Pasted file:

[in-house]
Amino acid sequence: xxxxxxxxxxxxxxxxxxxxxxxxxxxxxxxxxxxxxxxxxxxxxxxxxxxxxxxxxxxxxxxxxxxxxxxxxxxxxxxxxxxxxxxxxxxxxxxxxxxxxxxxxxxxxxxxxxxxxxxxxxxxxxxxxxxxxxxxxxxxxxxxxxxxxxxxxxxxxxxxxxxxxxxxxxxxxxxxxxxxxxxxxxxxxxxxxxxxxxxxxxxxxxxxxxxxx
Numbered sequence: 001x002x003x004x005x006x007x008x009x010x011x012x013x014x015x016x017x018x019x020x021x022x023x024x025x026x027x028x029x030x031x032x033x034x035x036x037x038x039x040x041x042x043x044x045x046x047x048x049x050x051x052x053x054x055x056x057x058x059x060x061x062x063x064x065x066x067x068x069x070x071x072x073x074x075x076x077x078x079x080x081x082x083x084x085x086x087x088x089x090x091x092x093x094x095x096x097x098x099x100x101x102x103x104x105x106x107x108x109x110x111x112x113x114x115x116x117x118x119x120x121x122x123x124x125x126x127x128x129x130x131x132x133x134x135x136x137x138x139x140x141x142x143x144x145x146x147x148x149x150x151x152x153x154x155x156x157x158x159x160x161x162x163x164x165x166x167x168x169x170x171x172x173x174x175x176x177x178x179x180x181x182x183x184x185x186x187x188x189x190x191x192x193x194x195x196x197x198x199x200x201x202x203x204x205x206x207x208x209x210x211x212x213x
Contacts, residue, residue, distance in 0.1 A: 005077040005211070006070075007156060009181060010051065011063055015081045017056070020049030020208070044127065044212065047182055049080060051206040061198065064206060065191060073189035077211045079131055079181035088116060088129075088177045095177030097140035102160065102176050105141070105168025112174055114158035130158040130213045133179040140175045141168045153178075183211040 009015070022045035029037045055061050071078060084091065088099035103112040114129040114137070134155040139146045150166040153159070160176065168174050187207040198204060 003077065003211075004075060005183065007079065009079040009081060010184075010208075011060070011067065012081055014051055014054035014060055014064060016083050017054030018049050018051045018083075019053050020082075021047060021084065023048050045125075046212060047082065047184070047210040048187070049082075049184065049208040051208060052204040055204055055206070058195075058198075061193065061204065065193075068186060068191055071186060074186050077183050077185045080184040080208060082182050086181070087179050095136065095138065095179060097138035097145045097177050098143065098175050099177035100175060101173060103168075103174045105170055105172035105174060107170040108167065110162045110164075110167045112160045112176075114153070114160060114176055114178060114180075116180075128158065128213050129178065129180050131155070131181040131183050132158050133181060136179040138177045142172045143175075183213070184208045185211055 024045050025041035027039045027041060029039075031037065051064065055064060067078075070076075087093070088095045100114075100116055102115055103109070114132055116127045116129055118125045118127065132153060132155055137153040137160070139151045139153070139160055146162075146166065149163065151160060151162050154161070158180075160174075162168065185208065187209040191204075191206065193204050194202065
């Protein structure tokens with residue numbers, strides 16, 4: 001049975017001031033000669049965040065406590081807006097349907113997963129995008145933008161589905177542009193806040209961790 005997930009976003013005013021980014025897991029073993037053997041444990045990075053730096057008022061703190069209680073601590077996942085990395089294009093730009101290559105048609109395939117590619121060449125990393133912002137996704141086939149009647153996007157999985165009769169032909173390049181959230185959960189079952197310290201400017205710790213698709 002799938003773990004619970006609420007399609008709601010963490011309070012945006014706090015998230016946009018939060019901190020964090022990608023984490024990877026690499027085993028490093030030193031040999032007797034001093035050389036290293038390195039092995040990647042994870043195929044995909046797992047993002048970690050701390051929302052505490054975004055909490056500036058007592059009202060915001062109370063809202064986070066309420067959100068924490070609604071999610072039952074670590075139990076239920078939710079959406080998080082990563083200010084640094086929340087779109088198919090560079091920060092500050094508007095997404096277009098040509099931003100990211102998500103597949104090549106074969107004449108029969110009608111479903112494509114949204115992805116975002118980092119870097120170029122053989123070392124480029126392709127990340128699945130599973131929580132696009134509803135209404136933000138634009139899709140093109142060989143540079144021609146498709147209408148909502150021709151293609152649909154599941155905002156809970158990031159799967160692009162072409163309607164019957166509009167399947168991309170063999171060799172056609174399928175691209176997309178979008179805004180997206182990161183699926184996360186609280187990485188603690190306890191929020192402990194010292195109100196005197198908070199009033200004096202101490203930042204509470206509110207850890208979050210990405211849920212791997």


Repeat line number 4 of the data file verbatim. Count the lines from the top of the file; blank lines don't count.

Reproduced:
Contacts, residue, residue, distance in 0.1 A: 005077040005211070006070075007156060009181060010051065011063055015081045017056070020049030020208070044127065044212065047182055049080060051206040061198065064206060065191060073189035077211045079131055079181035088116060088129075088177045095177030097140035102160065102176050105141070105168025112174055114158035130158040130213045133179040140175045141168045153178075183211040 009015070022045035029037045055061050071078060084091065088099035103112040114129040114137070134155040139146045150166040153159070160176065168174050187207040198204060 003077065003211075004075060005183065007079065009079040009081060010184075010208075011060070011067065012081055014051055014054035014060055014064060016083050017054030018049050018051045018083075019053050020082075021047060021084065023048050045125075046212060047082065047184070047210040048187070049082075049184065049208040051208060052204040055204055055206070058195075058198075061193065061204065065193075068186060068191055071186060074186050077183050077185045080184040080208060082182050086181070087179050095136065095138065095179060097138035097145045097177050098143065098175050099177035100175060101173060103168075103174045105170055105172035105174060107170040108167065110162045110164075110167045112160045112176075114153070114160060114176055114178060114180075116180075128158065128213050129178065129180050131155070131181040131183050132158050133181060136179040138177045142172045143175075183213070184208045185211055 024045050025041035027039045027041060029039075031037065051064065055064060067078075070076075087093070088095045100114075100116055102115055103109070114132055116127045116129055118125045118127065132153060132155055137153040137160070139151045139153070139160055146162075146166065149163065151160060151162050154161070158180075160174075162168065185208065187209040191204075191206065193204050194202065